Of greatest recent concern has been the rise in the use of methamphetamine, although in some areas, this increase has leveled off in recent years. The lifetime prevalence of methamphetamine abuse among U.S. students in grade 12 fell from 6.2% of respondents to 4.5% over two years in one recent government survey. However, in some metropolitan areas, including Atlanta, Denver, Honolulu, and Phoenix, use has increased, and there was a 15% increase in methamphetamine treatment admissions in St. Louis from 2004 to 2005. In some parts of Texas, this drug has replaced crack as a drug of choice. Another national survey found that 10.4 million Americans age 12 or older had tried methamphetamine at least once in their lives. The problem seems to be particularly concerning in Western states, although it is spreading quickly in the South and Midwest, being reported as the fastest-growing problem in metropolitan Atlanta in 2006.
Four classic amphetamine-related diagnostic categories are listed in the DSM-IV-TR. These are:
- amphetamine dependence
- amphetamine abuse
- amphetamine intoxication
- amphetamine withdrawal
Amphetamine dependence refers to chronic or episodic use of amphetamines, involving drug binges known as “speed runs.” These episodes are punctuated by brief, drug-free periods. Aggressive or violent behavior is associated with amphetamine dependence, particularly when high doses are ingested. Intense but temporary anxiety may occur, as well as paranoid ideas and psychotic behavior resembling schizophrenia. Increased tolerance and withdrawal symptoms are part of the diagnostic picture. Conversely, some individuals with amphetamine dependence become sensitized to the drug, experiencing increasingly greater stimulation, and other negative mental or neurological effects, even from small doses.
Amphetamine abuse, while not as serious as amphetamine dependence, can also cause multiple problems. Legal difficulties are common, in addition to increased arguments with family and friends. If tolerance or withdrawal occur, amphetamine dependence is diagnosed.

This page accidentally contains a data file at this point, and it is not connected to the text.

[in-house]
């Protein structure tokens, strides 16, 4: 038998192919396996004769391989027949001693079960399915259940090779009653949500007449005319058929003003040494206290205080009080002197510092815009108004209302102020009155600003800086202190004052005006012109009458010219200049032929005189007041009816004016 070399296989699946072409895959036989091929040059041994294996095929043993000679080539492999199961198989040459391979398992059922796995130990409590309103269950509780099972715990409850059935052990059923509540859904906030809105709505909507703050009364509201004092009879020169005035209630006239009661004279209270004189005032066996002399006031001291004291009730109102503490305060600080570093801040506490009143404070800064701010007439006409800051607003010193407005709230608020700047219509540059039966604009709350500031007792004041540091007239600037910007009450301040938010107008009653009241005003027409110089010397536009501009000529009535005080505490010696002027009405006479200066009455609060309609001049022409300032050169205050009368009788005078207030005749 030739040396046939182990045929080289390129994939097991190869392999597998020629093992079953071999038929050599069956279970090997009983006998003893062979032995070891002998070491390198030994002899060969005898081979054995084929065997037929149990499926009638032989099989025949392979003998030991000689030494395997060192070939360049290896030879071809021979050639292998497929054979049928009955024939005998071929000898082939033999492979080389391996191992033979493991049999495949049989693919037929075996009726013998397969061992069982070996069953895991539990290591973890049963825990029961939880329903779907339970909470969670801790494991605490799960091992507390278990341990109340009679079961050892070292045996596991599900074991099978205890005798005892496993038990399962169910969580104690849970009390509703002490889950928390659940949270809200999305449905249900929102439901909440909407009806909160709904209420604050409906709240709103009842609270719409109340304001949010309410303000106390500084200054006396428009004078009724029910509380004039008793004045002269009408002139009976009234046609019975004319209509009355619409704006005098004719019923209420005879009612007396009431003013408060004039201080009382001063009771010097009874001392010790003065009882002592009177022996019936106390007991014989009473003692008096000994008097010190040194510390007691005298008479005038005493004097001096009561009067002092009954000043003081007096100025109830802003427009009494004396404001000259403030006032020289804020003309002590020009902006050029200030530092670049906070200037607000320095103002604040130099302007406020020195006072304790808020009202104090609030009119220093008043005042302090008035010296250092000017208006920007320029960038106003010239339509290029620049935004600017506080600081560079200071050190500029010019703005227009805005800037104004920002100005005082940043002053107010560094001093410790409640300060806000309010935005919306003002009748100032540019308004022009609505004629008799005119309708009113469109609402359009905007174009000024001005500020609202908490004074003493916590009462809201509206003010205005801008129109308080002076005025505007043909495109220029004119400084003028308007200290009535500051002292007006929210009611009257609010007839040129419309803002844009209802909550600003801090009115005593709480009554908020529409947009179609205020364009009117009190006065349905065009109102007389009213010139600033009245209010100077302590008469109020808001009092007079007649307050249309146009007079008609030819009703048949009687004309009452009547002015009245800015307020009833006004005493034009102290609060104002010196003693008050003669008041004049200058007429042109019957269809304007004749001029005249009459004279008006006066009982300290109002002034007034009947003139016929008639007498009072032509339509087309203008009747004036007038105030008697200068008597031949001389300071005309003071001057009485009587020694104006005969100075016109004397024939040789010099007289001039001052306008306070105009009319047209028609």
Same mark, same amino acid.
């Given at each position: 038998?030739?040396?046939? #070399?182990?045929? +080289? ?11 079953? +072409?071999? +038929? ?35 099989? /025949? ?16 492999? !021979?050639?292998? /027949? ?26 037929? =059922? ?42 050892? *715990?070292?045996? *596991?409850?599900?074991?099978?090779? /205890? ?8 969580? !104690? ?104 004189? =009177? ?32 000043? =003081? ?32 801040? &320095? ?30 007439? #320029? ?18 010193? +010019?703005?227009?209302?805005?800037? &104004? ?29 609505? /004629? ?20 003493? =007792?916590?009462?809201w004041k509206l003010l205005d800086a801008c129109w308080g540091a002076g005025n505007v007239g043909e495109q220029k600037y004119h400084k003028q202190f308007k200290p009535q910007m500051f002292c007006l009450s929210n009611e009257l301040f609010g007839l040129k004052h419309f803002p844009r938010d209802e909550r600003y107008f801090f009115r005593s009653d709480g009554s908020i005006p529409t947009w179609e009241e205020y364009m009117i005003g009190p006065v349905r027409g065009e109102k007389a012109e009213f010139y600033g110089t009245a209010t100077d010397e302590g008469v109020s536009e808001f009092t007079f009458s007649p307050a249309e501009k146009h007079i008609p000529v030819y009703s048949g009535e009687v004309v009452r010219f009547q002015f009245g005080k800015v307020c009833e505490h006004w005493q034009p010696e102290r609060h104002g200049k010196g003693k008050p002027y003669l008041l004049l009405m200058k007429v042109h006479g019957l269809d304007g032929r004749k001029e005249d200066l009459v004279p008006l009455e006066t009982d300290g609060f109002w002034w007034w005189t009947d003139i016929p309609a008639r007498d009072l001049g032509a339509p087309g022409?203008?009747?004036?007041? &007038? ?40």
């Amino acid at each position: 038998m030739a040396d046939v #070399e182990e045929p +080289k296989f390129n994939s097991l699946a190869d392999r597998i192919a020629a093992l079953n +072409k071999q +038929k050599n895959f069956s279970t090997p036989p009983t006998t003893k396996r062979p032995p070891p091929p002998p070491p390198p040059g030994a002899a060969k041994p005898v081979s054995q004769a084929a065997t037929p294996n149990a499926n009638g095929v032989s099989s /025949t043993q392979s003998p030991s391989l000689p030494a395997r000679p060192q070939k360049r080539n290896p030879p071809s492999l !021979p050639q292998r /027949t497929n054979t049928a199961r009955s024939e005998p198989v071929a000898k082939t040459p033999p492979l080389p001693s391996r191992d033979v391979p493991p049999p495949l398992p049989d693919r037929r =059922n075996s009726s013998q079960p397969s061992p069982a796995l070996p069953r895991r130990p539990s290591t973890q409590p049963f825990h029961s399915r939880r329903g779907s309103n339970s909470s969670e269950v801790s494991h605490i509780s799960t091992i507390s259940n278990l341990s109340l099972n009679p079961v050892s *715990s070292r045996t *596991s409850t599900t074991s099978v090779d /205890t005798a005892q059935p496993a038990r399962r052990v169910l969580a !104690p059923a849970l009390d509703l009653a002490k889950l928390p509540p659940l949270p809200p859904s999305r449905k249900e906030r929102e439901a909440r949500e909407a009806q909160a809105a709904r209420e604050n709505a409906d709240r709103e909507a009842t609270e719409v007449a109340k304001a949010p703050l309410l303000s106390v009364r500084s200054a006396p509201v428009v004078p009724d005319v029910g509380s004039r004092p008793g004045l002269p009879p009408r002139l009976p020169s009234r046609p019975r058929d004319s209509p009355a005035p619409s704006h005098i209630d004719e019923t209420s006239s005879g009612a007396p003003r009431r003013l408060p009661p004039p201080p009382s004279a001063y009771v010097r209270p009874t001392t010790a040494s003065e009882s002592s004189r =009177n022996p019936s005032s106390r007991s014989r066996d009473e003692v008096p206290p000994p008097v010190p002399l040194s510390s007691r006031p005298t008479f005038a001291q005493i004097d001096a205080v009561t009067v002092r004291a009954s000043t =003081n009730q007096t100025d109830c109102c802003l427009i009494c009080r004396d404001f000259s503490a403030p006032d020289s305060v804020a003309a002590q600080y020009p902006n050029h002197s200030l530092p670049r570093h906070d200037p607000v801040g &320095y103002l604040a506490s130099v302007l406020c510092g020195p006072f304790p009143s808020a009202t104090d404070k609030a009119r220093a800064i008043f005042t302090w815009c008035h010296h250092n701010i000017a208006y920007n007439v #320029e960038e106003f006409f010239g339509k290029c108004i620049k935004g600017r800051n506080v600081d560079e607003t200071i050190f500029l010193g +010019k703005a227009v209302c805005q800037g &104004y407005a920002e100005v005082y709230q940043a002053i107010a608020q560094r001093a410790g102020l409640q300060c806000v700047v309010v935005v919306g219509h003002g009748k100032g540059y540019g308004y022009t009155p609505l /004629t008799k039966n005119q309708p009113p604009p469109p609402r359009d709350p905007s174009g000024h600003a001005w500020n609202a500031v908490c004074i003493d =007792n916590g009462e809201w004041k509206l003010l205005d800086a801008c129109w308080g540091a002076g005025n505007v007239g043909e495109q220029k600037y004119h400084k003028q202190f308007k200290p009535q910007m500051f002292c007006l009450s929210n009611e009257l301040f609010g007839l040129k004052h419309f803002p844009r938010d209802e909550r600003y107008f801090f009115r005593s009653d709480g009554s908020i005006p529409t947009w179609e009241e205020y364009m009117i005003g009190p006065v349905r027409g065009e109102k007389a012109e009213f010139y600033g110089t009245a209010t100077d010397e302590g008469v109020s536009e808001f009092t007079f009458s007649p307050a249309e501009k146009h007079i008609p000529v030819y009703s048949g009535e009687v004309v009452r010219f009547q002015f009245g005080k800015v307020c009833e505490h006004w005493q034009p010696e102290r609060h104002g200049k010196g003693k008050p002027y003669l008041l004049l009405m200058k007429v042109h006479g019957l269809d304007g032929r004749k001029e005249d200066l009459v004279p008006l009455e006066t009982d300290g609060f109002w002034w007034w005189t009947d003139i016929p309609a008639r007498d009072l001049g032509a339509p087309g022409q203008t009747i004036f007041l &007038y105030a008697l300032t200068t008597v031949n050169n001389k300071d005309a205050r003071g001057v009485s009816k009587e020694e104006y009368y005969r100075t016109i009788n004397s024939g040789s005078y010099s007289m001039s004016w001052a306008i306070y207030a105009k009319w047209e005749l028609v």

Amphetamine intoxication refers to serious behavioral or psychological changes that develop during, or shortly after, use of amphetamine. Intoxication begins with a “high” feeling, followed by euphoria, enhanced energy, talkativeness, hyperactivity, restlessness, hypervigilance indicated by an individual’s extreme sensitivity, and closely observant of everything in the environment. Other symptoms are anxiety, tension, repetitive behavior, anger, fighting, and impaired judgment. With chronic intoxication, there may be fatigue or sadness and withdrawal from others. Other signs and symptoms of intoxication are increased heart rate, dilation of the pupils, elevated or lowered blood pressure, perspiration or chills, nausea or vomiting, weight loss, cardiac irregularities, and, eventually, confusion, seizures, coma, or death.
During amphetamine withdrawal, intense symptoms of depression are typical. Additional diagnostic symptoms are fatigue, vivid and unpleasant dreams, insomnia or sleeping too much, increased appetite, and agitation.
According to the National Institute on Drug Abuse (NIDA), the most effective treatments for amphetamine addiction are cognitive-behavioral interventions. These are psychotherapeutic approaches that help individuals learn to identify and change their problematic patterns of thoughts and beliefs. As a result of changed thoughts and beliefs, feelings become more manageable and less painful. Interventions also help individuals increase their skills for coping with life’s stressors. Amphetamine recovery groups, and Narcotics Anonymous also appear to help.
No specific medications are known to exist that are helpful for treating amphetamine dependence. On occasion, antidepressant medications can help combat the depressive symptoms frequently experienced by people who are newly abstinent from amphetamine use.
Overdoses of amphetamines are treated in established ways in emergency rooms. Because hyperthermia (elevated body temperature) and convulsions are common, emergency room treatment focuses on reducing body temperature and administering anti-convulsant medications.
Acute methamphetamine intoxication is often handled by observation in a safe, quiet environment. When extreme anxiety or panic is part of the reaction, treatment with antianxiety medications may be helpful. In cases of methamphetamine-induced psychoses, short-term use of antipsychotic medications is usually successful.
According to the DSM-IV-TR, some individuals who develop abuse or dependence on amphetamines initiate use in an attempt to control their weight. Others become introduced through the illegal market. Dependence can occur very quickly when the substance is used intravenously or is smoked. The few long-term data available show a tendency for people who have been dependent on amphetamines to decrease or stop using them after 8 to 10 years. This may result from the development of adverse mental and physical effects that emerge with long-term dependence. Few data are available on the long-term course of abuse.